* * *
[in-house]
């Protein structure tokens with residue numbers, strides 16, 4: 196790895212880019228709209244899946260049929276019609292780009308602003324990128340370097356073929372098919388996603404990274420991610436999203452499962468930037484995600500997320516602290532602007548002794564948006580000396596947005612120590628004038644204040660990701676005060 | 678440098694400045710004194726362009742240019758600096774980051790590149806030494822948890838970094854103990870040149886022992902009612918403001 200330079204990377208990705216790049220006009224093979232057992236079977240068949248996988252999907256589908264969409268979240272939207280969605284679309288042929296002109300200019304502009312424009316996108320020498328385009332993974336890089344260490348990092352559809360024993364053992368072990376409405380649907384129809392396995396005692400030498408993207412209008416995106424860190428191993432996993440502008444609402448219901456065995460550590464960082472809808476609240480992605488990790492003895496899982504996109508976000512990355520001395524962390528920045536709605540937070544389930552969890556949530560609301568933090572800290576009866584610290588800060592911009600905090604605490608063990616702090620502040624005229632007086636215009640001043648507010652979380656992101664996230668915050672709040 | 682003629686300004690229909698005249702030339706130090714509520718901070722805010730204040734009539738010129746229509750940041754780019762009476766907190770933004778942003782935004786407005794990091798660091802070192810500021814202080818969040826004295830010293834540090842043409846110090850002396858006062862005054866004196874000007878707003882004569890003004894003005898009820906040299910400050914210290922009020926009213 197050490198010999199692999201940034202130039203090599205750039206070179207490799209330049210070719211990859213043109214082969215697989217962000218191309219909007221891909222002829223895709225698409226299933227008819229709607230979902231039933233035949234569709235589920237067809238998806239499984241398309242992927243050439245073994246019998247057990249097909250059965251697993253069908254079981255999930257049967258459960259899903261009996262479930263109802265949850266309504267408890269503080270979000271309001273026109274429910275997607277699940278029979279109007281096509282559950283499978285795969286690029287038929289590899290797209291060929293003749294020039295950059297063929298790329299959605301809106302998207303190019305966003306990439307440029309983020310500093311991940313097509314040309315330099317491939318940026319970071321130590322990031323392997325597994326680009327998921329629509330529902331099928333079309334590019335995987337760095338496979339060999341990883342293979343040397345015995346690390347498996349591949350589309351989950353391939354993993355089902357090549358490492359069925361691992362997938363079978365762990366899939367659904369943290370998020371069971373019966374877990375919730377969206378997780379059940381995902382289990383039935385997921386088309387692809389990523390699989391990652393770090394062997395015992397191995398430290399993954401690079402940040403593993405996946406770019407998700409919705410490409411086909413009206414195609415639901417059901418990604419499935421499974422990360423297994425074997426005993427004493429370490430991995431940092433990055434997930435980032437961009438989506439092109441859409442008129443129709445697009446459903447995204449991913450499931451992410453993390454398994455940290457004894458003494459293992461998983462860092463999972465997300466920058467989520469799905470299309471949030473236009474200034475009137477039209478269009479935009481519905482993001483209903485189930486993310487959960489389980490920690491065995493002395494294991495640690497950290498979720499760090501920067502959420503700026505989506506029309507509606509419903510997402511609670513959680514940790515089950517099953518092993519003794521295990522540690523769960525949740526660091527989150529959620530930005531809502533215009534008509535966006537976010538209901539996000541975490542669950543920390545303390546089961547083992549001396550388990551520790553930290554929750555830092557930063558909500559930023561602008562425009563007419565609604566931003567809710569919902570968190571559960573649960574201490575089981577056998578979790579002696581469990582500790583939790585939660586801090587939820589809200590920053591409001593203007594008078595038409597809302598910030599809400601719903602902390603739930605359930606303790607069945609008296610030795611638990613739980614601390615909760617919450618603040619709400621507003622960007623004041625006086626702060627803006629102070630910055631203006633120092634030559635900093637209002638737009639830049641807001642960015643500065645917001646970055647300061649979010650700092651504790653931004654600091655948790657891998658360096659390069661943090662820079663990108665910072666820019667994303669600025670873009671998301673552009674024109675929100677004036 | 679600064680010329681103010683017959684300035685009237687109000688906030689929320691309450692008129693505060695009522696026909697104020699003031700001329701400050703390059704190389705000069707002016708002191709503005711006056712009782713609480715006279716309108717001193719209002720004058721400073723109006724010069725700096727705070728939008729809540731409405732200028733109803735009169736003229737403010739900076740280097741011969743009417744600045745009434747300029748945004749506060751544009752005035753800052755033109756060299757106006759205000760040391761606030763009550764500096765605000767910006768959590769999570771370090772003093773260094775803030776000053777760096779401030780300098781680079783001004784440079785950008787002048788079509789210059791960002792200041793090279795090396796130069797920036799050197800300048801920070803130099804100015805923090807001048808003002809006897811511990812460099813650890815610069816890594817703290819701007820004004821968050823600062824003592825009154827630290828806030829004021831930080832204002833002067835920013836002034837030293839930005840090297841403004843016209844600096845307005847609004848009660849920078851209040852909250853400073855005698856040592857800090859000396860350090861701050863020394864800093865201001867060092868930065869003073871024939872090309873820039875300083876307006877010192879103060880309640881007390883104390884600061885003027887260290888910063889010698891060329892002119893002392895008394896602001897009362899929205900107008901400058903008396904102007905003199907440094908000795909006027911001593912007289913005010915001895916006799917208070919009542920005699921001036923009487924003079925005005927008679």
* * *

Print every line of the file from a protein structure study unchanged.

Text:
[in-house]
């Protein structure tokens with residue numbers, strides 16, 4: 196790895212880019228709209244899946260049929276019609292780009308602003324990128340370097356073929372098919388996603404990274420991610436999203452499962468930037484995600500997320516602290532602007548002794564948006580000396596947005612120590628004038644204040660990701676005060 | 678440098694400045710004194726362009742240019758600096774980051790590149806030494822948890838970094854103990870040149886022992902009612918403001 200330079204990377208990705216790049220006009224093979232057992236079977240068949248996988252999907256589908264969409268979240272939207280969605284679309288042929296002109300200019304502009312424009316996108320020498328385009332993974336890089344260490348990092352559809360024993364053992368072990376409405380649907384129809392396995396005692400030498408993207412209008416995106424860190428191993432996993440502008444609402448219901456065995460550590464960082472809808476609240480992605488990790492003895496899982504996109508976000512990355520001395524962390528920045536709605540937070544389930552969890556949530560609301568933090572800290576009866584610290588800060592911009600905090604605490608063990616702090620502040624005229632007086636215009640001043648507010652979380656992101664996230668915050672709040 | 682003629686300004690229909698005249702030339706130090714509520718901070722805010730204040734009539738010129746229509750940041754780019762009476766907190770933004778942003782935004786407005794990091798660091802070192810500021814202080818969040826004295830010293834540090842043409846110090850002396858006062862005054866004196874000007878707003882004569890003004894003005898009820906040299910400050914210290922009020926009213 197050490198010999199692999201940034202130039203090599205750039206070179207490799209330049210070719211990859213043109214082969215697989217962000218191309219909007221891909222002829223895709225698409226299933227008819229709607230979902231039933233035949234569709235589920237067809238998806239499984241398309242992927243050439245073994246019998247057990249097909250059965251697993253069908254079981255999930257049967258459960259899903261009996262479930263109802265949850266309504267408890269503080270979000271309001273026109274429910275997607277699940278029979279109007281096509282559950283499978285795969286690029287038929289590899290797209291060929293003749294020039295950059297063929298790329299959605301809106302998207303190019305966003306990439307440029309983020310500093311991940313097509314040309315330099317491939318940026319970071321130590322990031323392997325597994326680009327998921329629509330529902331099928333079309334590019335995987337760095338496979339060999341990883342293979343040397345015995346690390347498996349591949350589309351989950353391939354993993355089902357090549358490492359069925361691992362997938363079978365762990366899939367659904369943290370998020371069971373019966374877990375919730377969206378997780379059940381995902382289990383039935385997921386088309387692809389990523390699989391990652393770090394062997395015992397191995398430290399993954401690079402940040403593993405996946406770019407998700409919705410490409411086909413009206414195609415639901417059901418990604419499935421499974422990360423297994425074997426005993427004493429370490430991995431940092433990055434997930435980032437961009438989506439092109441859409442008129443129709445697009446459903447995204449991913450499931451992410453993390454398994455940290457004894458003494459293992461998983462860092463999972465997300466920058467989520469799905470299309471949030473236009474200034475009137477039209478269009479935009481519905482993001483209903485189930486993310487959960489389980490920690491065995493002395494294991495640690497950290498979720499760090501920067502959420503700026505989506506029309507509606509419903510997402511609670513959680514940790515089950517099953518092993519003794521295990522540690523769960525949740526660091527989150529959620530930005531809502533215009534008509535966006537976010538209901539996000541975490542669950543920390545303390546089961547083992549001396550388990551520790553930290554929750555830092557930063558909500559930023561602008562425009563007419565609604566931003567809710569919902570968190571559960573649960574201490575089981577056998578979790579002696581469990582500790583939790585939660586801090587939820589809200590920053591409001593203007594008078595038409597809302598910030599809400601719903602902390603739930605359930606303790607069945609008296610030795611638990613739980614601390615909760617919450618603040619709400621507003622960007623004041625006086626702060627803006629102070630910055631203006633120092634030559635900093637209002638737009639830049641807001642960015643500065645917001646970055647300061649979010650700092651504790653931004654600091655948790657891998658360096659390069661943090662820079663990108665910072666820019667994303669600025670873009671998301673552009674024109675929100677004036 | 679600064680010329681103010683017959684300035685009237687109000688906030689929320691309450692008129693505060695009522696026909697104020699003031700001329701400050703390059704190389705000069707002016708002191709503005711006056712009782713609480715006279716309108717001193719209002720004058721400073723109006724010069725700096727705070728939008729809540731409405732200028733109803735009169736003229737403010739900076740280097741011969743009417744600045745009434747300029748945004749506060751544009752005035753800052755033109756060299757106006759205000760040391761606030763009550764500096765605000767910006768959590769999570771370090772003093773260094775803030776000053777760096779401030780300098781680079783001004784440079785950008787002048788079509789210059791960002792200041793090279795090396796130069797920036799050197800300048801920070803130099804100015805923090807001048808003002809006897811511990812460099813650890815610069816890594817703290819701007820004004821968050823600062824003592825009154827630290828806030829004021831930080832204002833002067835920013836002034837030293839930005840090297841403004843016209844600096845307005847609004848009660849920078851209040852909250853400073855005698856040592857800090859000396860350090861701050863020394864800093865201001867060092868930065869003073871024939872090309873820039875300083876307006877010192879103060880309640881007390883104390884600061885003027887260290888910063889010698891060329892002119893002392895008394896602001897009362899929205900107008901400058903008396904102007905003199907440094908000795909006027911001593912007289913005010915001895916006799917208070919009542920005699921001036923009487924003079925005005927008679």